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White House Trail to Lees Ferry

HARD 7 reviews

White House Trail to Lees Ferry is a 37.4 mile lightly trafficked point-to-point trail located near Kanab, Utah that features a river and is rated as difficult. The trail is primarily used for hiking, camping, and backpacking and is best used from March until November. Dogs are also able to use this trail.

Distance: 37.4 miles Elevation Gain: 3,441 feet Route Type: Point to Point

dog friendly

backpacking

camping

hiking

river

views

wildlife

rocky

scramble

This is the most popular route for hiking the spectacular Paria Canyon. Most people do a several day backpacking trip ending at the Lees Ferry Trailhead. Overnight stays in the canyon require a permit from the BLM. Please visit this site for permits: https://www.blm.gov/programs/recreation/permits-and-passes/lotteries-and-permit-systems/arizona/paria-canyon If you're bringing a dog for an overnight stay, the dog also needs a permit. Paria Canyon is the longest slot canyon in the world and has four main points of entry: White House Trailhead, Wire Pass Trailhead, Middle Passage, and Lee's Ferry Trailhead. There are several clusters of campsites throughout the canyon. From the White House Trailhead, follow the Paria River south. You will have to cross the river several times, so wear appropriate shoes. Soon, you will find yourself in an open canyon. There is little shade, and it can get very hot. Four miles from the trailhead, the canyon walls narrow and ascend, and you enter the Paria Narrows. Three miles from the entrance to the Narrows, you'll reach the intersection with Buckskin Gulch. There is a great campsite here (permit required). Hikers through hiking the trail will take a left here, and continue along the Paria Canyon to Lees Ferry. Beware, there are rattlesnakes in this area. Other potential wildlife includes canyon wrens, peregrine falcons, condors, and great horned owls. Keep an eye on the weather and watch out for flash floods. It gets very hot in the canyon, so it is not recommended to do this hike in the middle of summer.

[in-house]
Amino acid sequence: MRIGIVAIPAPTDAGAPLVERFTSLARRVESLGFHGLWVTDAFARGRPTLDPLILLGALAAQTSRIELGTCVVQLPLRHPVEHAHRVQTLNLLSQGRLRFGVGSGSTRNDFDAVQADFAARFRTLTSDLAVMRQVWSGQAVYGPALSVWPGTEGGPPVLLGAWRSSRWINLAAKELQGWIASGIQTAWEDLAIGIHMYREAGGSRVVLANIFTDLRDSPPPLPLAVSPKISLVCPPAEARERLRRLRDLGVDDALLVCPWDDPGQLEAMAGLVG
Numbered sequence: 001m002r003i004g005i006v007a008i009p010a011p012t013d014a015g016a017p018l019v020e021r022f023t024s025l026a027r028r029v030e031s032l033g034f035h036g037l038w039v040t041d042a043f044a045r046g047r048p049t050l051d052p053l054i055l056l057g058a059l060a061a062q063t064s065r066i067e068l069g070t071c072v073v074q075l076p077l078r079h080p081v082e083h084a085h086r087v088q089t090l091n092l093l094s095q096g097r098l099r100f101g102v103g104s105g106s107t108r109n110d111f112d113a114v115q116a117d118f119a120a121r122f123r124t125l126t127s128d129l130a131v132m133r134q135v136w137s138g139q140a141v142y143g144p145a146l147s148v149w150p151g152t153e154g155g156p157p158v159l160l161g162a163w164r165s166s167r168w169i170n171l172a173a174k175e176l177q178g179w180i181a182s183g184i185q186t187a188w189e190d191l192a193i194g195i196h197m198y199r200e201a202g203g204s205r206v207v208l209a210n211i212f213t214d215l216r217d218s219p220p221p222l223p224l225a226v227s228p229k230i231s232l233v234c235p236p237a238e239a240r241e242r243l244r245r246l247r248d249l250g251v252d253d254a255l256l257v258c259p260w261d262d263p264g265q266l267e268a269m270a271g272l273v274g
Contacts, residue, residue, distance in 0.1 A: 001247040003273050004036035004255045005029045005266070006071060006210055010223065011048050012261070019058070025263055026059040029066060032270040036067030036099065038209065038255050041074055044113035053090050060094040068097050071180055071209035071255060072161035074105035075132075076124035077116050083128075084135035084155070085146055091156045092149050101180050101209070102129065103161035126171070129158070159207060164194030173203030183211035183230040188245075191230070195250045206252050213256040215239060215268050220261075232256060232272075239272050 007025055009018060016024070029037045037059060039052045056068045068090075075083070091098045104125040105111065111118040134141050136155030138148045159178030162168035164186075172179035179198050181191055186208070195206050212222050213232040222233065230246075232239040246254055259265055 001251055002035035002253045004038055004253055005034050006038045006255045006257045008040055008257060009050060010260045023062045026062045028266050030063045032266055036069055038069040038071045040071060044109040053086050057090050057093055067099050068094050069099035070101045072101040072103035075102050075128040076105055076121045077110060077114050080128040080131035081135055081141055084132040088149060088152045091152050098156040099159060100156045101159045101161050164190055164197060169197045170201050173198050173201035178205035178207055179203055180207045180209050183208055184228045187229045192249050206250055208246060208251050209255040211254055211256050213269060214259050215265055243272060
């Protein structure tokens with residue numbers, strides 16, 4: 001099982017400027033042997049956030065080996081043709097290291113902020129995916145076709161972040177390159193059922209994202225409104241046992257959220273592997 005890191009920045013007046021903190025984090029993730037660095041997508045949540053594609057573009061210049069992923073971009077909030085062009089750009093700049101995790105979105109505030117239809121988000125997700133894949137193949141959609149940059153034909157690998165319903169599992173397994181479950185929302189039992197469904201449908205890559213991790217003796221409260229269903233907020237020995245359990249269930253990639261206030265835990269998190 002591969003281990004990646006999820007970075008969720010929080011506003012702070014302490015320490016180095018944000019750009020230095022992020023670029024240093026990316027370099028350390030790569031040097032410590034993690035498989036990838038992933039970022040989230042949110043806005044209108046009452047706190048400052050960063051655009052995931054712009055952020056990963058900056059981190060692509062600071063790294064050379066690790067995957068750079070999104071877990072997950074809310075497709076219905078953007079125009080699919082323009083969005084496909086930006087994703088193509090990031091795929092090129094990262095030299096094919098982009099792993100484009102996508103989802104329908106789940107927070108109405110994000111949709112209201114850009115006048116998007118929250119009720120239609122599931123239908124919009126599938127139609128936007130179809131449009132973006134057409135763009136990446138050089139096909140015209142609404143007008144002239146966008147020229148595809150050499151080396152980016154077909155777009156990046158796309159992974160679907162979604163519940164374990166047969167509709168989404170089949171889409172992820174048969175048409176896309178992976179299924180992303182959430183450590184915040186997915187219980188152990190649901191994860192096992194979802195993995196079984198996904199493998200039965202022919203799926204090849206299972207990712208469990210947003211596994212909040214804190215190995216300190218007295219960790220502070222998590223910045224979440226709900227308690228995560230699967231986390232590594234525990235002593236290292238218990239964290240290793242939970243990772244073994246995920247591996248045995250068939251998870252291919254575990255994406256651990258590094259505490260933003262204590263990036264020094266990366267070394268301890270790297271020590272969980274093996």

hiking
1 month ago

Did this hike end of May in 2017. It is one of the most amazing hikes I’ve ever done. You follow the river all the way down. Just have to pay attention and you’ll find the springs. Note: there are frogs that start croaking in the middle of the night and sound like screaming children. Talk about having a hard time falling asleep afterwards. Worth it though. Carry a 3L bladder because water runs scarce towards the end. Fortunately we had life straws so we drank straight from the river and were fine.

3 months ago

Believe it when the description says hard. We had beautiful weather and the river was moderate. But there were at least 200 stream crossings with a great deal of soft and quick sand. Lower Buckskin Gulch was dry and unbelievable. The Paria Narrows are spectacular as well. great camp spots. One of the best experiences I have had, just know that you will be very sore when you come out!

hiking
muddy
no shade
off trail
rocky
scramble
washed out
3 months ago